WAUSAU, Wis. -- A confident John Kerry launched a full-throttle attack on President Bush's economic policies, mostly ignoring his Democratic rivals on the eve of the Wisconsin primary. Howard Dean's campaign shed another top manager and John Edwards vowed to press on no matter how he fares today.
Kerry, who has a commanding lead in the race to oppose Bush this fall, chided the president for taking time out Sunday to attend the Daytona 500, saying the country was bleeding jobs while he posed for a "photo opportunity." Bush had donned a racing jacket to officially open NASCAR's most prestigious event in front of some 180,000 fans.
Kerry for the most part has chosen in recent days to aim his Campaign 2004 rhetoric directly at Bush as he has lapped his competitors, winning all but the South Carolina and Oklahoma delegate-selection contests.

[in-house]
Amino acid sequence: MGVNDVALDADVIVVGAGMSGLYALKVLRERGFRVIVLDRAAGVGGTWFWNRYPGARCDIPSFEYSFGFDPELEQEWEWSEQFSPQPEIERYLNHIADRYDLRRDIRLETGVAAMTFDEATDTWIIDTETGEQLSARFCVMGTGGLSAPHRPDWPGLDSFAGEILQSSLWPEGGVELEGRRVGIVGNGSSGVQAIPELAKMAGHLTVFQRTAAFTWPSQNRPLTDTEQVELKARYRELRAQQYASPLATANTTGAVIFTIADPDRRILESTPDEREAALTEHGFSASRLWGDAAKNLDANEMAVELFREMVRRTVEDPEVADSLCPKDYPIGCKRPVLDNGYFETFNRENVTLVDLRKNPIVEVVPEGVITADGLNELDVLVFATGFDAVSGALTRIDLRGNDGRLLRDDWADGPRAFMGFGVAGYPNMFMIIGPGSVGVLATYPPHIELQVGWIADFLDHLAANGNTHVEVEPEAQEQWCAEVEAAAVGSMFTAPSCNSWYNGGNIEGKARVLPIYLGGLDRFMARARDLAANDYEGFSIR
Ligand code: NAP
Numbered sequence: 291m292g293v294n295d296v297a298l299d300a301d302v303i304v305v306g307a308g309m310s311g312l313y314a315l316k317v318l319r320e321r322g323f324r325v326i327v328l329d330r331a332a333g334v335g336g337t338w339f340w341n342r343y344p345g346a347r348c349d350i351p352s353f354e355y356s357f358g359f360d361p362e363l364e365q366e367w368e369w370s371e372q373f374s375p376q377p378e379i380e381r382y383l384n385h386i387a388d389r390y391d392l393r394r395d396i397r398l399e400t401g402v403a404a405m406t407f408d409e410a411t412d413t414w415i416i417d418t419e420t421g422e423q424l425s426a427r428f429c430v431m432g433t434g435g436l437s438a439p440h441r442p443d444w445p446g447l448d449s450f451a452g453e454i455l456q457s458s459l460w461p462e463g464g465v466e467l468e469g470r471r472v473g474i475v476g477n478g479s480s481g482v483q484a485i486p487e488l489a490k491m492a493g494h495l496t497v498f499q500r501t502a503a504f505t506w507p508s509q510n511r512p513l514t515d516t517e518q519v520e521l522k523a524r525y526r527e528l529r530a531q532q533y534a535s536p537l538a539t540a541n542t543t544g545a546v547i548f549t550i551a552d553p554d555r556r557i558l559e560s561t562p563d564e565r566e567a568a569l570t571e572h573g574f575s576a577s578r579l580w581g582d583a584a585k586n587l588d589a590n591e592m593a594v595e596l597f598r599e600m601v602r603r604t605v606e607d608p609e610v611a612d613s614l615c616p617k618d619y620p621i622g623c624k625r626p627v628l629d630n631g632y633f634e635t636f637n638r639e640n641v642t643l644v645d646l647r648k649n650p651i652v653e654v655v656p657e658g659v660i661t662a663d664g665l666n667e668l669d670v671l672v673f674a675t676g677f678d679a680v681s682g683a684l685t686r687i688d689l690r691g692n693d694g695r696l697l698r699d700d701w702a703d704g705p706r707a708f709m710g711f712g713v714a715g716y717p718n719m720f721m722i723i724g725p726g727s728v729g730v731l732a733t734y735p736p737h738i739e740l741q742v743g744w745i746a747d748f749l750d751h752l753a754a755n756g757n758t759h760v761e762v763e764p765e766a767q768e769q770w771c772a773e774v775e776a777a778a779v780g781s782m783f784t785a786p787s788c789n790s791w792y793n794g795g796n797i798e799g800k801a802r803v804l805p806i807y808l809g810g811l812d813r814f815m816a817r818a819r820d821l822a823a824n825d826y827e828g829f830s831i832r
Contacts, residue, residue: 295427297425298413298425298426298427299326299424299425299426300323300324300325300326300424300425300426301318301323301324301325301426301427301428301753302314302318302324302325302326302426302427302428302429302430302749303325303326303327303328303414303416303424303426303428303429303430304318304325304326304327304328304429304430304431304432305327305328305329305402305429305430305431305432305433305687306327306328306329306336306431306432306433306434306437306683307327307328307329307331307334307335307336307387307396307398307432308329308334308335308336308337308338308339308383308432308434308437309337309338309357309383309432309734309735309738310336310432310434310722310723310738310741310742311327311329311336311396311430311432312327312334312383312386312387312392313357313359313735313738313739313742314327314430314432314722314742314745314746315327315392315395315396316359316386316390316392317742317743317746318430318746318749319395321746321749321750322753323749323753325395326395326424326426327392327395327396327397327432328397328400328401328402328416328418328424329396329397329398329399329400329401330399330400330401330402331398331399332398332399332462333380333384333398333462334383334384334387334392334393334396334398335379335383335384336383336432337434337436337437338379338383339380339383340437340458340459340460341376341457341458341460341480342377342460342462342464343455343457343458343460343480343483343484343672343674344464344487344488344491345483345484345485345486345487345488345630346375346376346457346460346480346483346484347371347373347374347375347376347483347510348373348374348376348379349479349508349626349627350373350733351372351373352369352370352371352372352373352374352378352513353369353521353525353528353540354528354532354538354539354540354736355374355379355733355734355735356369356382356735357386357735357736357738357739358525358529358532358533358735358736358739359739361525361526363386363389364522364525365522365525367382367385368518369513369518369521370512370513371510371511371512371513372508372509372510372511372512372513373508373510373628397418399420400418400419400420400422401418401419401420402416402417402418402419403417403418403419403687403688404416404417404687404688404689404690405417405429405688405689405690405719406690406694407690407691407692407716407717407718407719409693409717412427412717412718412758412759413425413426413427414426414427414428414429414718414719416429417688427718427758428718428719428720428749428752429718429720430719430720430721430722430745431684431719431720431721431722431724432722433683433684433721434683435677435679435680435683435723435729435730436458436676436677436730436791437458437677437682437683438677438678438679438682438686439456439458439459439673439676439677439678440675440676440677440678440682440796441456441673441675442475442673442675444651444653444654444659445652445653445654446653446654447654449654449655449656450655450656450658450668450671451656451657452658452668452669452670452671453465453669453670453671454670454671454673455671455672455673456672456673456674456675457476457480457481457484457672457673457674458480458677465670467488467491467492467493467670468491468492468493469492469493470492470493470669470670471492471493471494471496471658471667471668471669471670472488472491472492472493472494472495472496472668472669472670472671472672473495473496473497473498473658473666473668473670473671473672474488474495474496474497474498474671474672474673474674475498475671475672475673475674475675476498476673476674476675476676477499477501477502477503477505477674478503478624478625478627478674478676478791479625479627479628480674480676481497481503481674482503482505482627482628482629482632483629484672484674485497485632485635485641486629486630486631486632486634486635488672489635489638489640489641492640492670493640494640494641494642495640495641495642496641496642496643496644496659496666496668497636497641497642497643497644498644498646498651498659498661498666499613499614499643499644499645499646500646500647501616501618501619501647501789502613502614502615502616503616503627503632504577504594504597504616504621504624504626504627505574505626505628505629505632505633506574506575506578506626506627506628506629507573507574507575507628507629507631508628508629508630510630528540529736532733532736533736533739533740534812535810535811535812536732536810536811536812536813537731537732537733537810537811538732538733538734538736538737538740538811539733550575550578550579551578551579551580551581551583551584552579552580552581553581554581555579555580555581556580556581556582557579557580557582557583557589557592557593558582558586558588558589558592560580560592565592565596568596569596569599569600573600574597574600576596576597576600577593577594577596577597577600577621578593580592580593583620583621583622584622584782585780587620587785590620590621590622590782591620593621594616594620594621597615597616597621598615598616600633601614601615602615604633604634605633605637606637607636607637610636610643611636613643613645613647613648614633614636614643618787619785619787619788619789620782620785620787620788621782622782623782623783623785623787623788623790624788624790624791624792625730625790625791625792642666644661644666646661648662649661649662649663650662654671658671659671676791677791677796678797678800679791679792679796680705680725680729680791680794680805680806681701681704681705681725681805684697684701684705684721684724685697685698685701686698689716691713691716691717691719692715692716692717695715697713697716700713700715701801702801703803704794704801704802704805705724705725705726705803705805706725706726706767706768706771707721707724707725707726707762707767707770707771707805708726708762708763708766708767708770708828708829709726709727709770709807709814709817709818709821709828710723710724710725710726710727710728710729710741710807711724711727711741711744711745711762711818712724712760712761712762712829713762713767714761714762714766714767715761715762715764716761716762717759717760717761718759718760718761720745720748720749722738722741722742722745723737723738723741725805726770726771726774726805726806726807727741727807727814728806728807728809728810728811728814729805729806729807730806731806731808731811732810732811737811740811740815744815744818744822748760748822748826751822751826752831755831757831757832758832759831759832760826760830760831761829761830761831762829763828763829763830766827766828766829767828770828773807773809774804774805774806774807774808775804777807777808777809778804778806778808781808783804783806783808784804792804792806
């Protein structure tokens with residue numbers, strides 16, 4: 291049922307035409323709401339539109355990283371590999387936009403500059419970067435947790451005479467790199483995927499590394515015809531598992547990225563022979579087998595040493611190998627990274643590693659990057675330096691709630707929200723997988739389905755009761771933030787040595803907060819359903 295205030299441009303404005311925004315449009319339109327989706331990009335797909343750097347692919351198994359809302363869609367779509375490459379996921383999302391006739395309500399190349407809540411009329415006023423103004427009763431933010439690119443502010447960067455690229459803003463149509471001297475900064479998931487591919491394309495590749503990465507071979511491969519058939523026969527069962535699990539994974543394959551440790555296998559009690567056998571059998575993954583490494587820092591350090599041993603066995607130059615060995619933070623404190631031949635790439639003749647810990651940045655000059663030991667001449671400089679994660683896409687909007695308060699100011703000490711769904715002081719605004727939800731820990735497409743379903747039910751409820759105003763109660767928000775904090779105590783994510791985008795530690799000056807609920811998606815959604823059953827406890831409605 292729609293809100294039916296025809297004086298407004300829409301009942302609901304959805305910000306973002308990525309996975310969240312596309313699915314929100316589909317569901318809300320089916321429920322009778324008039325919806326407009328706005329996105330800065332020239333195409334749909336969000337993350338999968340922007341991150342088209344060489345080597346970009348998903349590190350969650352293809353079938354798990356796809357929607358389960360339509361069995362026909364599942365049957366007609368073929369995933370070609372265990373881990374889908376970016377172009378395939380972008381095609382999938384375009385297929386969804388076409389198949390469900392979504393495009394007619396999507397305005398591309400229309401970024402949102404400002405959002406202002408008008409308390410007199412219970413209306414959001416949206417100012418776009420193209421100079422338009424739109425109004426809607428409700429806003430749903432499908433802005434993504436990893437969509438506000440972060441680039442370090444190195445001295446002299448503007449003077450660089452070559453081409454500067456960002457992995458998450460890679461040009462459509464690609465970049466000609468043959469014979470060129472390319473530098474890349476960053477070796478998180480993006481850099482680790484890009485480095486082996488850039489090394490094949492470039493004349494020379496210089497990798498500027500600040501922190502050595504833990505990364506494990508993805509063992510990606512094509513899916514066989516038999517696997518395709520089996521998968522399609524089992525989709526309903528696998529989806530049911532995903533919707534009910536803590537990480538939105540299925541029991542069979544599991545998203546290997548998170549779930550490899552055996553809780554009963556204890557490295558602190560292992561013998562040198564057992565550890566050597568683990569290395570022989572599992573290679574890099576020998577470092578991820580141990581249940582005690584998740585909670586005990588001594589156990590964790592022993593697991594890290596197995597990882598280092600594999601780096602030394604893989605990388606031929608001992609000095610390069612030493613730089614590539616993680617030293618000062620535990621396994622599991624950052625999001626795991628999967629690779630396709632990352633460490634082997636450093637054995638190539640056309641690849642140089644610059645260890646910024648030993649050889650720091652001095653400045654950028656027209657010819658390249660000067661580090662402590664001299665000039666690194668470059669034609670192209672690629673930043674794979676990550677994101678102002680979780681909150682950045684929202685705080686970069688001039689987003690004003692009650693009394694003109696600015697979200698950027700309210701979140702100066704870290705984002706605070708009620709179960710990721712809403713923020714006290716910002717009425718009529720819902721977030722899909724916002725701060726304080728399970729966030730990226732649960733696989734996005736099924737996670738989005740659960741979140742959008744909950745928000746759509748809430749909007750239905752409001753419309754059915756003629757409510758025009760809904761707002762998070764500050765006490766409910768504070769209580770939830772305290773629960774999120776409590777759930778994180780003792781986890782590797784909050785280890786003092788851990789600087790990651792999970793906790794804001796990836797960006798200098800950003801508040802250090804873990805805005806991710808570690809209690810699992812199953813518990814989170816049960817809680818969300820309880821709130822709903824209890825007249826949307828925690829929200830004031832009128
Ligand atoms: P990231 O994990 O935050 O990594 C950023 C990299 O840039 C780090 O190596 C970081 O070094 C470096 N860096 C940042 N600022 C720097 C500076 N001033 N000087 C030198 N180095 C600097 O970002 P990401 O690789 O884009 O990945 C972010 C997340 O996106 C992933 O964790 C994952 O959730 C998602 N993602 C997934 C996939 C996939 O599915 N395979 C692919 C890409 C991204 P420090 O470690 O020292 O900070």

Polls have shown Kerry with a wide lead heading into today's vote, but Edwards vowed to press ahead. While he has sought throughout the primary season to avoid attacking his rivals, Edwards said he would make differences clear and insisted there's plenty of time for voters to see the differences.
For his part Edwards declared "there are differences" with his Democratic rivals and said he was confident his campaign was gaining momentum. He said he would remain in the race well into March and the Super Tuesday round of electoral faceoffs.
Dean told reporters: "Let me remind you all that I have more delegates than everybody else in this race except John Kerry. So I think the campaign obituaries that some of you are writing are a little bit misplaced."
Kerry later campaigned with fellow Massachusetts Sen. Edward Kennedy, who recalled visiting the state during his brother's campaign in 1960.
In the Dean campaign, the departure of campaign chairman Steve Grossman was the second high-level change in less than three weeks; campaign manager Joe Trippi was ousted in the wake of Dean's losses to Kerry in Iowa and New Hampshire.
It was during a brief question-and-answer session with reporters that Dean acknowledged Grossman had left, and just before the former Vermont governor was to appear at a campaign event in La Crosse, Wis.